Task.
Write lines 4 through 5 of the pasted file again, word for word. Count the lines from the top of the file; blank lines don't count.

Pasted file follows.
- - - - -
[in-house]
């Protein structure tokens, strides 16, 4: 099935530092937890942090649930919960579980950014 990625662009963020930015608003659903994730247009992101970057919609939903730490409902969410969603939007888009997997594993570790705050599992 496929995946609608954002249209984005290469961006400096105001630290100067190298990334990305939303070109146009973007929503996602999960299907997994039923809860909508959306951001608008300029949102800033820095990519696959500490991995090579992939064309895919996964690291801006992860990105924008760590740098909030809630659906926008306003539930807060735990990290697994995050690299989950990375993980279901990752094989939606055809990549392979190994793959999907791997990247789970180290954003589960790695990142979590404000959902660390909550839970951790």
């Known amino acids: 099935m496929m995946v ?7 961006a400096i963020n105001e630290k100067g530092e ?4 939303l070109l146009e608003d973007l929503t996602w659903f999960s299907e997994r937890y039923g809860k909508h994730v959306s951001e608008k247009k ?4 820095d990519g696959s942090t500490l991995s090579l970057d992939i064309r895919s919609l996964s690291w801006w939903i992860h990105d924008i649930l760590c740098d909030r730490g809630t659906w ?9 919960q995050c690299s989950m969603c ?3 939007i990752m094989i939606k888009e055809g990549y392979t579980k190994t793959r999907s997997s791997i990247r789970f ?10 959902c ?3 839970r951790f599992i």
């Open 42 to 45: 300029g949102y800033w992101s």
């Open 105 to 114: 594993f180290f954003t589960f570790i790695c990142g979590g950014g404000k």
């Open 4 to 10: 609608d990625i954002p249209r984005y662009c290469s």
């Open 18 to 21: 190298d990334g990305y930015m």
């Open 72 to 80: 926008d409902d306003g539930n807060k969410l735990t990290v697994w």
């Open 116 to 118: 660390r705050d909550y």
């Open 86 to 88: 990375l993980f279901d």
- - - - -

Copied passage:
């Open 42 to 45: 300029g949102y800033w992101s």
């Open 105 to 114: 594993f180290f954003t589960f570790i790695c990142g979590g950014g404000k």